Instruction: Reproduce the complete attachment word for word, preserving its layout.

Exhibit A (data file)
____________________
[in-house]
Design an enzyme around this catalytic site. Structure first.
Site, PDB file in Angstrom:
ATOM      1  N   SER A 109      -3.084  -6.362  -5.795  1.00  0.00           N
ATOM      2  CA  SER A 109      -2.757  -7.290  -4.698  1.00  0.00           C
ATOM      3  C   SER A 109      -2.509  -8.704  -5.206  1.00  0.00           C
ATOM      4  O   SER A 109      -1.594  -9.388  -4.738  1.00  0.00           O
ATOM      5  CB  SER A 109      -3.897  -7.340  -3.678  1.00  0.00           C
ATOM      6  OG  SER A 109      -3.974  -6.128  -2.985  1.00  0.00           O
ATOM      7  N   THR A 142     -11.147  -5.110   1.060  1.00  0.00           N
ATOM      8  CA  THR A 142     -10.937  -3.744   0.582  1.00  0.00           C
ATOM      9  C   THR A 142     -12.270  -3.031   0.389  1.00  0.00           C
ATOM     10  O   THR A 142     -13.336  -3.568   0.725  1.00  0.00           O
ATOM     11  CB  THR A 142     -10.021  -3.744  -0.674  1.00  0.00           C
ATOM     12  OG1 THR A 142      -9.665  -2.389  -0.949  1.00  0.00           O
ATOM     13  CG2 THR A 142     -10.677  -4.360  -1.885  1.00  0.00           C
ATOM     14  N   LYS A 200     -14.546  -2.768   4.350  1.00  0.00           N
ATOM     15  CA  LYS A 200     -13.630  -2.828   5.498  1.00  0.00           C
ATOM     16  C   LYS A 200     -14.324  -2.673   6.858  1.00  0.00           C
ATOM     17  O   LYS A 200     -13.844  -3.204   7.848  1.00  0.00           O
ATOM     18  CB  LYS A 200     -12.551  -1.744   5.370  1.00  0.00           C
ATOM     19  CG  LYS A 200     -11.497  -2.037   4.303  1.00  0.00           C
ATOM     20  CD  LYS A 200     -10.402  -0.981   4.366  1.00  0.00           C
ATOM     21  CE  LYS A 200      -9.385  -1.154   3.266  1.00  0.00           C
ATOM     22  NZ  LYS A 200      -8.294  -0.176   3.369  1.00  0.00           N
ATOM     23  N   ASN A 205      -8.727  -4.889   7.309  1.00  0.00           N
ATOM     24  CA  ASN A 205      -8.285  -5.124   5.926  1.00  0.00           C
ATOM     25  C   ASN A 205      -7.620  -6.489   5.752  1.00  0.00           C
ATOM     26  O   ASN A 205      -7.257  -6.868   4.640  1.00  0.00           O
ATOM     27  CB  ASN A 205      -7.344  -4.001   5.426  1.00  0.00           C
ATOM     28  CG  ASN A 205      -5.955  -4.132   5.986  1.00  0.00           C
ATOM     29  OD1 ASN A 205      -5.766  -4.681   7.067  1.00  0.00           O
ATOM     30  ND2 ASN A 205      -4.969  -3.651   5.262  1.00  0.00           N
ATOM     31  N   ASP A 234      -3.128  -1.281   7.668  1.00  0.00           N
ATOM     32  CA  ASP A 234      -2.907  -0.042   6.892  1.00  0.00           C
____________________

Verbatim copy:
[in-house]
Design an enzyme around this catalytic site. Structure first.
Site, PDB file in Angstrom:
ATOM      1  N   SER A 109      -3.084  -6.362  -5.795  1.00  0.00           N
ATOM      2  CA  SER A 109      -2.757  -7.290  -4.698  1.00  0.00           C
ATOM      3  C   SER A 109      -2.509  -8.704  -5.206  1.00  0.00           C
ATOM      4  O   SER A 109      -1.594  -9.388  -4.738  1.00  0.00           O
ATOM      5  CB  SER A 109      -3.897  -7.340  -3.678  1.00  0.00           C
ATOM      6  OG  SER A 109      -3.974  -6.128  -2.985  1.00  0.00           O
ATOM      7  N   THR A 142     -11.147  -5.110   1.060  1.00  0.00           N
ATOM      8  CA  THR A 142     -10.937  -3.744   0.582  1.00  0.00           C
ATOM      9  C   THR A 142     -12.270  -3.031   0.389  1.00  0.00           C
ATOM     10  O   THR A 142     -13.336  -3.568   0.725  1.00  0.00           O
ATOM     11  CB  THR A 142     -10.021  -3.744  -0.674  1.00  0.00           C
ATOM     12  OG1 THR A 142      -9.665  -2.389  -0.949  1.00  0.00           O
ATOM     13  CG2 THR A 142     -10.677  -4.360  -1.885  1.00  0.00           C
ATOM     14  N   LYS A 200     -14.546  -2.768   4.350  1.00  0.00           N
ATOM     15  CA  LYS A 200     -13.630  -2.828   5.498  1.00  0.00           C
ATOM     16  C   LYS A 200     -14.324  -2.673   6.858  1.00  0.00           C
ATOM     17  O   LYS A 200     -13.844  -3.204   7.848  1.00  0.00           O
ATOM     18  CB  LYS A 200     -12.551  -1.744   5.370  1.00  0.00           C
ATOM     19  CG  LYS A 200     -11.497  -2.037   4.303  1.00  0.00           C
ATOM     20  CD  LYS A 200     -10.402  -0.981   4.366  1.00  0.00           C
ATOM     21  CE  LYS A 200      -9.385  -1.154   3.266  1.00  0.00           C
ATOM     22  NZ  LYS A 200      -8.294  -0.176   3.369  1.00  0.00           N
ATOM     23  N   ASN A 205      -8.727  -4.889   7.309  1.00  0.00           N
ATOM     24  CA  ASN A 205      -8.285  -5.124   5.926  1.00  0.00           C
ATOM     25  C   ASN A 205      -7.620  -6.489   5.752  1.00  0.00           C
ATOM     26  O   ASN A 205      -7.257  -6.868   4.640  1.00  0.00           O
ATOM     27  CB  ASN A 205      -7.344  -4.001   5.426  1.00  0.00           C
ATOM     28  CG  ASN A 205      -5.955  -4.132   5.986  1.00  0.00           C
ATOM     29  OD1 ASN A 205      -5.766  -4.681   7.067  1.00  0.00           O
ATOM     30  ND2 ASN A 205      -4.969  -3.651   5.262  1.00  0.00           N
ATOM     31  N   ASP A 234      -3.128  -1.281   7.668  1.00  0.00           N
ATOM     32  CA  ASP A 234      -2.907  -0.042   6.892  1.00  0.00           C